The tunnel was filled with broken and shattered stone fragments, and the team was right in the middle of it. It felt like every inch of their body was hit with a piece of stone.
They were left stunned and disorientated, but being powerful mages, they were left with little more than cuts and bruises. Adrianos was the sole exception, as he was the weakest of the group. He had a long sliver of stone about the length of his hand stuck in his chest, and he was bleeding from the ears.
None of them had the time to recover after the implosions, however, as the destroyed walls revealed large water runes. They immediately activated, and the tunnel was completely flooded in seconds. This was followed by a deep bass sound, like the rumbling of huge stones reverberating throughout the forest for several miles.
Now, the team began to panic. The man working on the inner door found that it was far more heavily reinforced and warded, and he doubted he would be able to get through it even if he weren’t in danger of drowning, and the outer door had closed, locking them in the tunnel.
Timotheos, being the strongest and most composed of the team, took a moment to assess his situation. He figured that if he put all his power into one attack, he might be able to break through one of the doors. Breaking through the inner door was out of the question, as it would leave them vulnerable as they exited the tunnel, so he quickly swam back to the outer door.
New, stronger wards had appeared on the inside of the door, as if to mock the team’s previous attitude, but Timotheos paid it no mind. At higher tiers, a mage isn’t restricted to one type of elemental magic, though they’ll usually stick with the type they’re most proficient at in combat. Timotheos and his team could use shadow magic, but it was poorly suited to actual combat after their cover is blown, so if they had to fight, they’d use a variety of different powers.
In Timotheos’ case, he was able to use wind magic. He concentrated his magic into his sword, and the water was repelled a few inches away from it. He then swung his sword at the door, putting all his strength and power behind the strike. An enormous blast of air hit the door and shook it violently. The door held, but the wood it was made of began to splinter and bend. Timotheos followed up with a second attack, and then a third. He kept striking the door until finally, after half a dozen strikes, it burst free from its frame.
The water surged through the opening, but the depression leading into the tunnel wasn’t very big, so it didn’t go far. Timotheos and his team were still able to swim out of the tunnel and drag themselves back onto dry land, however.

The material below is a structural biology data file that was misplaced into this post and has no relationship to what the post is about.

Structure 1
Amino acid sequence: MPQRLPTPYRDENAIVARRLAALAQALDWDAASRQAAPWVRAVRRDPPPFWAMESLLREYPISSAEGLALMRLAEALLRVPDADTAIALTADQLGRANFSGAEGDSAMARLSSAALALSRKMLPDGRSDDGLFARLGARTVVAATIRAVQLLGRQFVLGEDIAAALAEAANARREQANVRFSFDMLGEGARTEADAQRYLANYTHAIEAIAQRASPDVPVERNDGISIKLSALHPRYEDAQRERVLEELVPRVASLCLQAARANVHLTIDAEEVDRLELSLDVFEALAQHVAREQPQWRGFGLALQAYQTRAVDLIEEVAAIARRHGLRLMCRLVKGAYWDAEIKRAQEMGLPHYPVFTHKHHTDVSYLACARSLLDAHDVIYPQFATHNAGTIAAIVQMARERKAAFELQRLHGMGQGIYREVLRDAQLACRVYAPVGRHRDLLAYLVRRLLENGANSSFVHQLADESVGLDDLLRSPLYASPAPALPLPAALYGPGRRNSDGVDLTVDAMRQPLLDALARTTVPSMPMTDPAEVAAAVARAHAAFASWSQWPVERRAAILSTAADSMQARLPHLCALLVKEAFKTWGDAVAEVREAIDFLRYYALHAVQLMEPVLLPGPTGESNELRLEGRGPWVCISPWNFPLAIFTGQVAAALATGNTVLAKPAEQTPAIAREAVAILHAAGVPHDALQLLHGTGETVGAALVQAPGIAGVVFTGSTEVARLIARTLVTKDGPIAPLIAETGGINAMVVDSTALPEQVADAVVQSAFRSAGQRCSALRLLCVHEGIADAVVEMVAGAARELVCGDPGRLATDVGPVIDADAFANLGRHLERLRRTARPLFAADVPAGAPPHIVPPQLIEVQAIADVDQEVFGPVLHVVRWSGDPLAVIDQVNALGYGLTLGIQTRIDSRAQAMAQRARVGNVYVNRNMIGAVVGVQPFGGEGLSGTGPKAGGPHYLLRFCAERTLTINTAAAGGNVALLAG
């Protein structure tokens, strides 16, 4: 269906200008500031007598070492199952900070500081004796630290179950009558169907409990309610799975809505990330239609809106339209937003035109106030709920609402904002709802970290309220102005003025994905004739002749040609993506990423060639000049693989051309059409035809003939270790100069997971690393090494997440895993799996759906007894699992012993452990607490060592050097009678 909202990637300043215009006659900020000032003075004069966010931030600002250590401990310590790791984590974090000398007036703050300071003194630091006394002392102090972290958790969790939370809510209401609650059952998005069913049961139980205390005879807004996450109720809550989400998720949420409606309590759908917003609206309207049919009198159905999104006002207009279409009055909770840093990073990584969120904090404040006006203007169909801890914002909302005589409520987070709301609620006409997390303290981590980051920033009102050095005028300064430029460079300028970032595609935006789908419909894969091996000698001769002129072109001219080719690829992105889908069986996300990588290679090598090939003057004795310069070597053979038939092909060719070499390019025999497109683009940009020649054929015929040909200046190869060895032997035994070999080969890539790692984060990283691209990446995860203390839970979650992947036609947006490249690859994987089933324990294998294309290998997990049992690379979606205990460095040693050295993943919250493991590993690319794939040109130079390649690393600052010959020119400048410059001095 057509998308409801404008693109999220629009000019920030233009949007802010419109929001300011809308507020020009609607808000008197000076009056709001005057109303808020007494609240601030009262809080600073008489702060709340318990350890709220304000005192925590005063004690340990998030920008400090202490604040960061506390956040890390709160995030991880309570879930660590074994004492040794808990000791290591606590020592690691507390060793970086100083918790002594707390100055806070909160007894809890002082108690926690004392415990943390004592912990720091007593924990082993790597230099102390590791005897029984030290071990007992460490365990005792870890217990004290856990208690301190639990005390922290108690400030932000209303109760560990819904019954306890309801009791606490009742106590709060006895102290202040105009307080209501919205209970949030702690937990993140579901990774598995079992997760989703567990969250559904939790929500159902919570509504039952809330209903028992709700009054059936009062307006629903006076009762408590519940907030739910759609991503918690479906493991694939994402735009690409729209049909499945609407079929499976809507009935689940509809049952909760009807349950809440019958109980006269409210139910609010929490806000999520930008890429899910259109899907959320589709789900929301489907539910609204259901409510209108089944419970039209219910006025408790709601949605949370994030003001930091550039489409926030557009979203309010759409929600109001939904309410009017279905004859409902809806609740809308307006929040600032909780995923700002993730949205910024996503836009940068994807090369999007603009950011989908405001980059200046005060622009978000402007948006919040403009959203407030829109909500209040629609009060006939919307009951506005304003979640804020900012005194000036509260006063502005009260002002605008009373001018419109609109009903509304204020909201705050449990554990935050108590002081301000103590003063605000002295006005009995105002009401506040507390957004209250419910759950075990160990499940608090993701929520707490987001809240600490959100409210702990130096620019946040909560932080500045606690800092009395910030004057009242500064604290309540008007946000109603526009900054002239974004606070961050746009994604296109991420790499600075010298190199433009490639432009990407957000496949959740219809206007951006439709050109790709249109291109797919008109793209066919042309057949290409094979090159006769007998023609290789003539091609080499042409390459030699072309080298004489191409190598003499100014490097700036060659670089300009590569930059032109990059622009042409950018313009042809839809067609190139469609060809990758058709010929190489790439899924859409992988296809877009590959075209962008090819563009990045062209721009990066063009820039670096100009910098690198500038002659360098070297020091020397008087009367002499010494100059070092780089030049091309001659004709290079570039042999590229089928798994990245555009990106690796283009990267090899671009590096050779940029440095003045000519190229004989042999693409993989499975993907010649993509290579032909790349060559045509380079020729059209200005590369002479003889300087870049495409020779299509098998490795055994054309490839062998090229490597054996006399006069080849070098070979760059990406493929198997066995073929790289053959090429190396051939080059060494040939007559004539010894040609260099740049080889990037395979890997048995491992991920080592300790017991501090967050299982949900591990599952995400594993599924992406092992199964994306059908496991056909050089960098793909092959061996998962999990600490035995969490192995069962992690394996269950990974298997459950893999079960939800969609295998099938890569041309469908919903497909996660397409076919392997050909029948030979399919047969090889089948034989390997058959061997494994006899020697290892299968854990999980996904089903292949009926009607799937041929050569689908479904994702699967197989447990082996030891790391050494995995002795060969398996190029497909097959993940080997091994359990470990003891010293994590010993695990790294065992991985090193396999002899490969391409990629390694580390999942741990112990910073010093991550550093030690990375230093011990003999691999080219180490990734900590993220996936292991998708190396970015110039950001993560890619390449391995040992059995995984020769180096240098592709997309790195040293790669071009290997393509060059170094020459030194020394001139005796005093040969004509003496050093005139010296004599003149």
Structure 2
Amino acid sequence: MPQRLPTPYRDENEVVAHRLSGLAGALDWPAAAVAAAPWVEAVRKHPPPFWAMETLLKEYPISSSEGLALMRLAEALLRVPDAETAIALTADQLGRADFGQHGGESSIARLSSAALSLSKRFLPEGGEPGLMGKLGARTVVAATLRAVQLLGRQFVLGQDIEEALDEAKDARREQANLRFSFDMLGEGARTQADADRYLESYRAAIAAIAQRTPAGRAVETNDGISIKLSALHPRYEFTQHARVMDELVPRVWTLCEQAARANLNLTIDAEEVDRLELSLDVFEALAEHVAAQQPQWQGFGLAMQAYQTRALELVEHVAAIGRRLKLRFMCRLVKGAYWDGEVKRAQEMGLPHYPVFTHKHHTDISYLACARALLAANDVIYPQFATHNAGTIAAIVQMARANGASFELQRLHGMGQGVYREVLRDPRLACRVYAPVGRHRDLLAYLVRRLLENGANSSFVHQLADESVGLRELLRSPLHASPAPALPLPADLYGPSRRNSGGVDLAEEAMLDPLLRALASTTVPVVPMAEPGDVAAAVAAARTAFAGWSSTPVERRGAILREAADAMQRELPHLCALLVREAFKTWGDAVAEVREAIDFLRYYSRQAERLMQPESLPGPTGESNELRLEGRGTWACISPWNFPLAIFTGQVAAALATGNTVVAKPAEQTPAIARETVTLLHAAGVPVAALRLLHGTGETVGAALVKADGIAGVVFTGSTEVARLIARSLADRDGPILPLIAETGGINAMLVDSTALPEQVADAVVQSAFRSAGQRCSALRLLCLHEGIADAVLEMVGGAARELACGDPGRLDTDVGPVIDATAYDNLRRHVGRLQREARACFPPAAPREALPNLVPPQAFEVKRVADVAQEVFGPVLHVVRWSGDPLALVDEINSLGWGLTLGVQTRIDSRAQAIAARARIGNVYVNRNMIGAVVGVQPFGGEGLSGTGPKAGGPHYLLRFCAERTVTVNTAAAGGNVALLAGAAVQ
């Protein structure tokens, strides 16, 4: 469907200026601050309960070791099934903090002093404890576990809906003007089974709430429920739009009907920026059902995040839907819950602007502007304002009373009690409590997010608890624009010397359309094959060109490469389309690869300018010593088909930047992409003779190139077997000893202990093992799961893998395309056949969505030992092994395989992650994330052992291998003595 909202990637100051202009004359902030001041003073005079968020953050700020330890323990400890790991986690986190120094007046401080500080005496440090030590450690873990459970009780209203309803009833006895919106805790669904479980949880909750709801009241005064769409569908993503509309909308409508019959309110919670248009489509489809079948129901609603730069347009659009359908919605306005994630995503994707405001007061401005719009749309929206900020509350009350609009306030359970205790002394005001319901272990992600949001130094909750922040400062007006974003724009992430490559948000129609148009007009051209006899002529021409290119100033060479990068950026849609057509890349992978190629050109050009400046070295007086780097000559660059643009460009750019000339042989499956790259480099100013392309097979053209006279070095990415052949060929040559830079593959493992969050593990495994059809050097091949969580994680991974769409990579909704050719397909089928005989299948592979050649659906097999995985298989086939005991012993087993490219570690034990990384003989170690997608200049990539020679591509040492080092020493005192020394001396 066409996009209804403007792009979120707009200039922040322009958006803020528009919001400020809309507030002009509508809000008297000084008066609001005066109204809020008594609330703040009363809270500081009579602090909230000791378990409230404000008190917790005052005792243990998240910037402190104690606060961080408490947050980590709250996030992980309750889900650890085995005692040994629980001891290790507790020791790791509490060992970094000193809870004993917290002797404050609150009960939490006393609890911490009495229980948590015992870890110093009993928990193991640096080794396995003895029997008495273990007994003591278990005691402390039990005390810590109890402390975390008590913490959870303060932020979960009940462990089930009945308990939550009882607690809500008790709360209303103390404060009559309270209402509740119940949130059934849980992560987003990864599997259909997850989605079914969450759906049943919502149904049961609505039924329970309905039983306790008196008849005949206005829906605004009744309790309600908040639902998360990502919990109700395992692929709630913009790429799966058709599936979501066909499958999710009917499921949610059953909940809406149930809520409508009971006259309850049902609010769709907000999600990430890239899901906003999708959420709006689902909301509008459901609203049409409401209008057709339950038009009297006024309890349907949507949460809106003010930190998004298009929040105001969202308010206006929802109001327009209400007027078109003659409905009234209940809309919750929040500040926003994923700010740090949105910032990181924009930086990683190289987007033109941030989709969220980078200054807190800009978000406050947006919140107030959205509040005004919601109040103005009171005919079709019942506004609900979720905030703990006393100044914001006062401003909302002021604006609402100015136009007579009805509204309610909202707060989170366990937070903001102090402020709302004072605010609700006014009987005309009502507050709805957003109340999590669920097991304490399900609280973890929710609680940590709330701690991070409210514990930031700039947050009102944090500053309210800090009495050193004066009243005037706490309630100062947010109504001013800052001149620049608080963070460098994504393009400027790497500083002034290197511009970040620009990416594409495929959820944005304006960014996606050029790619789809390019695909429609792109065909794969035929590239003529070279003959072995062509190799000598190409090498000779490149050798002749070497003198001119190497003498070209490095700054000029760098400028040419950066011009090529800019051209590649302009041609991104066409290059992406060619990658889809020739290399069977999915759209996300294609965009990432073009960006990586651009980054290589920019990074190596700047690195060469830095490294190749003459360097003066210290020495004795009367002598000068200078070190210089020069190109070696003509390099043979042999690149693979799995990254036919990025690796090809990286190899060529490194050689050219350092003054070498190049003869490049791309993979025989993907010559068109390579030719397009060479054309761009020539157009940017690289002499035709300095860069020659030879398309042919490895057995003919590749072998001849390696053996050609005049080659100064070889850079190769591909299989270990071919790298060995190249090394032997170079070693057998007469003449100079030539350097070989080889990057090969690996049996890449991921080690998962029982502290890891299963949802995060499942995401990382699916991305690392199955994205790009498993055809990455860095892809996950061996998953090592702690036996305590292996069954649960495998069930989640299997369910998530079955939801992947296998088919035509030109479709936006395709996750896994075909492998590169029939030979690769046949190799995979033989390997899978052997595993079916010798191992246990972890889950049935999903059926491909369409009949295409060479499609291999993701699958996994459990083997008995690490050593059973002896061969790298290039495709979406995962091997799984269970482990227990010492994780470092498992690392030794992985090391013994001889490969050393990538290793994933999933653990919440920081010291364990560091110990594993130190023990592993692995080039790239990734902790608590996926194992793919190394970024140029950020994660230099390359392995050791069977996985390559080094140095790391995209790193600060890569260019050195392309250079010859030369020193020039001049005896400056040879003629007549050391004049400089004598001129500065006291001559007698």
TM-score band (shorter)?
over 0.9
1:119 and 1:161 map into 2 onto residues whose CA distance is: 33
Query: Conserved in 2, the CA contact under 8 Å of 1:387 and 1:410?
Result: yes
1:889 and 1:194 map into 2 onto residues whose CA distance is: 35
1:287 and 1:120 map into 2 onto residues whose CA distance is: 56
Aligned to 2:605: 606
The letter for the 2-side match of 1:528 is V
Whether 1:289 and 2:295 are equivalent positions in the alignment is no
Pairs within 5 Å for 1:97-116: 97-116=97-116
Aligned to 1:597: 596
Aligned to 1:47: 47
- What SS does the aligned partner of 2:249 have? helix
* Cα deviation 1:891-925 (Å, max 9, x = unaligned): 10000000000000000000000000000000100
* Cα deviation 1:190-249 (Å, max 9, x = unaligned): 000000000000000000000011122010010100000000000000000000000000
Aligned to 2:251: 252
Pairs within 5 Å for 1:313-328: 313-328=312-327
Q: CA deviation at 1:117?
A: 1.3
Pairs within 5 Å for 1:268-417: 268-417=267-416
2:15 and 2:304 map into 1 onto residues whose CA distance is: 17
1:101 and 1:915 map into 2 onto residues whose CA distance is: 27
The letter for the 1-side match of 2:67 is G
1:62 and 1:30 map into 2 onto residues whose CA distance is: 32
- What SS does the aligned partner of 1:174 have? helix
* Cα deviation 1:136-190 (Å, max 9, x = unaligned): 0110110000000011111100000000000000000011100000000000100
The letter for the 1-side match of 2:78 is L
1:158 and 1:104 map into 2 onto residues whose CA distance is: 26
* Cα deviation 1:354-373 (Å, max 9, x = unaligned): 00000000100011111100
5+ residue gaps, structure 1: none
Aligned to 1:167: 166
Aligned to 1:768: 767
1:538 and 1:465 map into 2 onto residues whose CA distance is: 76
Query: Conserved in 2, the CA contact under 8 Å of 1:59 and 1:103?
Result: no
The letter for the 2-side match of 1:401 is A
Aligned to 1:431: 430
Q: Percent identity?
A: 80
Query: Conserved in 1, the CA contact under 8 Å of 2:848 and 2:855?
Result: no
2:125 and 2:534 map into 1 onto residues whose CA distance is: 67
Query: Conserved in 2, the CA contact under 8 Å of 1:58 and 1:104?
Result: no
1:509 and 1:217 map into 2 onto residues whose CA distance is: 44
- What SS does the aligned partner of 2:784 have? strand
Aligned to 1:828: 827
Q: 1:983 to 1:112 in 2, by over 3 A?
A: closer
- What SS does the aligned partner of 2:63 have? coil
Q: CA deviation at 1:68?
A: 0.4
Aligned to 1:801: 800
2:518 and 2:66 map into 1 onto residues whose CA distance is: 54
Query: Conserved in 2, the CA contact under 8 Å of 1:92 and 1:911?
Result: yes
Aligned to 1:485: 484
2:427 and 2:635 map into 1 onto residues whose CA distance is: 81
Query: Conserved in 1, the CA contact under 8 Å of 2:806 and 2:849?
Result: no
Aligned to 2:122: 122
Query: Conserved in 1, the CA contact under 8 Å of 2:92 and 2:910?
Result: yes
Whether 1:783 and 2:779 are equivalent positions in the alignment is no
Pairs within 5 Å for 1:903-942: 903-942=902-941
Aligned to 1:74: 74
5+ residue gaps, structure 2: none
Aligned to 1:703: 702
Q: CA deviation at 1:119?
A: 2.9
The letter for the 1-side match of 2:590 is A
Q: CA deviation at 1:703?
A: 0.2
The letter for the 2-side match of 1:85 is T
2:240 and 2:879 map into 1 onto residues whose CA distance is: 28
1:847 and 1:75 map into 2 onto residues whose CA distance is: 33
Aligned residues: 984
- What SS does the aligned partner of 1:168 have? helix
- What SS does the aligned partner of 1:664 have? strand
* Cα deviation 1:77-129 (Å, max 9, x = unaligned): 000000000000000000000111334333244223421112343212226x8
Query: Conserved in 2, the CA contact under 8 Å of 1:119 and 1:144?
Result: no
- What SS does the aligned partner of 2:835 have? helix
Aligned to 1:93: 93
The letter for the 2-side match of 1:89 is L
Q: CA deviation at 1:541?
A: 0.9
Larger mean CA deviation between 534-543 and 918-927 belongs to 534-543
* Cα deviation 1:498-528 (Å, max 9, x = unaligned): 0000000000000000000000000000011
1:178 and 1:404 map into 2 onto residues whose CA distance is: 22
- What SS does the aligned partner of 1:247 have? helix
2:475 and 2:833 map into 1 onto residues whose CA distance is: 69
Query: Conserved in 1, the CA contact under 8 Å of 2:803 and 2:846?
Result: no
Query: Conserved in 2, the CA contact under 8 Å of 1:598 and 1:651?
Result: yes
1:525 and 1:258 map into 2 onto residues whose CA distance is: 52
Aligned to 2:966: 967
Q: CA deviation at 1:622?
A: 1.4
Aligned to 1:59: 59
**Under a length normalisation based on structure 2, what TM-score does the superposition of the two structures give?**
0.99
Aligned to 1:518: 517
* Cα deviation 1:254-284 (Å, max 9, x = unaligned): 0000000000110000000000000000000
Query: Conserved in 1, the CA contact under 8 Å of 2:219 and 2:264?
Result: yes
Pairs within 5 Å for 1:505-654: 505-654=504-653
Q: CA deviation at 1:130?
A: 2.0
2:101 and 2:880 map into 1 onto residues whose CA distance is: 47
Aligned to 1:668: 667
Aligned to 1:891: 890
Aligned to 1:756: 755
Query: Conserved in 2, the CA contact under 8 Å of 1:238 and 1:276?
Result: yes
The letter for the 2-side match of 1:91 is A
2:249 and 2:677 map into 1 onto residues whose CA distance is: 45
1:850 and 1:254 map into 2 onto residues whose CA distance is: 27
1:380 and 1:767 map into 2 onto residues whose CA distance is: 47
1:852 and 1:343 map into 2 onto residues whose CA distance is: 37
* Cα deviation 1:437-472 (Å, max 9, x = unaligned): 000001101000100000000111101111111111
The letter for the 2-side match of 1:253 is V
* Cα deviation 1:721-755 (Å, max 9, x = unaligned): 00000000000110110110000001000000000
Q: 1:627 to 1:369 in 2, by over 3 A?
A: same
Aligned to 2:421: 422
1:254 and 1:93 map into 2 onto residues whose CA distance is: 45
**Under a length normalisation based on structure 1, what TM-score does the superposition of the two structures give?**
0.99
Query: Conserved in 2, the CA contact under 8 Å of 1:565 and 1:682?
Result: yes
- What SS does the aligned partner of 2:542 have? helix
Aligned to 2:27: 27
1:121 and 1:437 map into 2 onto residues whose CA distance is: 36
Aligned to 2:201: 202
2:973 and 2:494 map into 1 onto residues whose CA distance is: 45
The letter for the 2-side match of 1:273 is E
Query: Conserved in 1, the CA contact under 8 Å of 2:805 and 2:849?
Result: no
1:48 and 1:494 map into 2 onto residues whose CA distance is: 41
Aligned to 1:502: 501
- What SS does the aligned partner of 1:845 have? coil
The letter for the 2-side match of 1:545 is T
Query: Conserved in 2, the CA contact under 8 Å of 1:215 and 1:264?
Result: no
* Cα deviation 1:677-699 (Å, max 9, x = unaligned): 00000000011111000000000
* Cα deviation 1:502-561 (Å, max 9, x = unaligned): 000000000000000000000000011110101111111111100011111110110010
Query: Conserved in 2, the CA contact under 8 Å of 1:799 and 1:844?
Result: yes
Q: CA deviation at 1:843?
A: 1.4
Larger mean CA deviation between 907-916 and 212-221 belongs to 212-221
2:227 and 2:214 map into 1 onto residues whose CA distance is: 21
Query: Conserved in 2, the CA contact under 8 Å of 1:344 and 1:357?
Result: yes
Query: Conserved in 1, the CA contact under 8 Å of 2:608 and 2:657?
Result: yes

After taking a few moments to catch their breath, and Adrianos removing the stone sliver still lodged in his chest with a wince of pain, they looked back at the fort.
“What’s the chances they didn’t hear any of that?” one of the men asked.
“Non-existent,” replied Timotheos. His eyes wandered over to the walls. They had been warded to keep away the beasts of the forest, not repel humans. There were alarm enchantments at the top, though stealth had been completely blown at this point. “Fuck it. We’re going over the walls.” Timotheos growled angrily.
They all knew that they had lost the element of surprise, so no one argued with him. They just gripped their weapons with renewed resolve and leaped over the fifteen-foot-high walls.
There, they were greeted with the sight of Artorias standing by the central obelisk, sword in hand, and fury evident on his face. His killing intent soared, hitting them like a brick wall, but they too had powerful killing auras, and they were left largely unaffected. Timotheos and his three men quickly spread out to surround Artorias, while Adrianos looked around for Leon, who they couldn’t see.
“You all have made a grave mistake in coming here…” spat Artorias as his body became wreathed in lightning. He raised his sword and attacked.
Whew! *wipes brow*. Another long chapter! Despite some shit going down next chapter, it won't be quite so long as these past two have been.
Please, leave a comment down below letting me know what you think about this chapter, and consider heading over to Royal Road and leaving a rating or review!
And I'd like to give an extra special thanks to everyone whose been helping me by pointing out any spelling mistakes or little words I occasionally skip over (i.e. "It was tall black-haired youth." -> "It was a tall black-haired youth.", thank you Zabzablord for that particular one).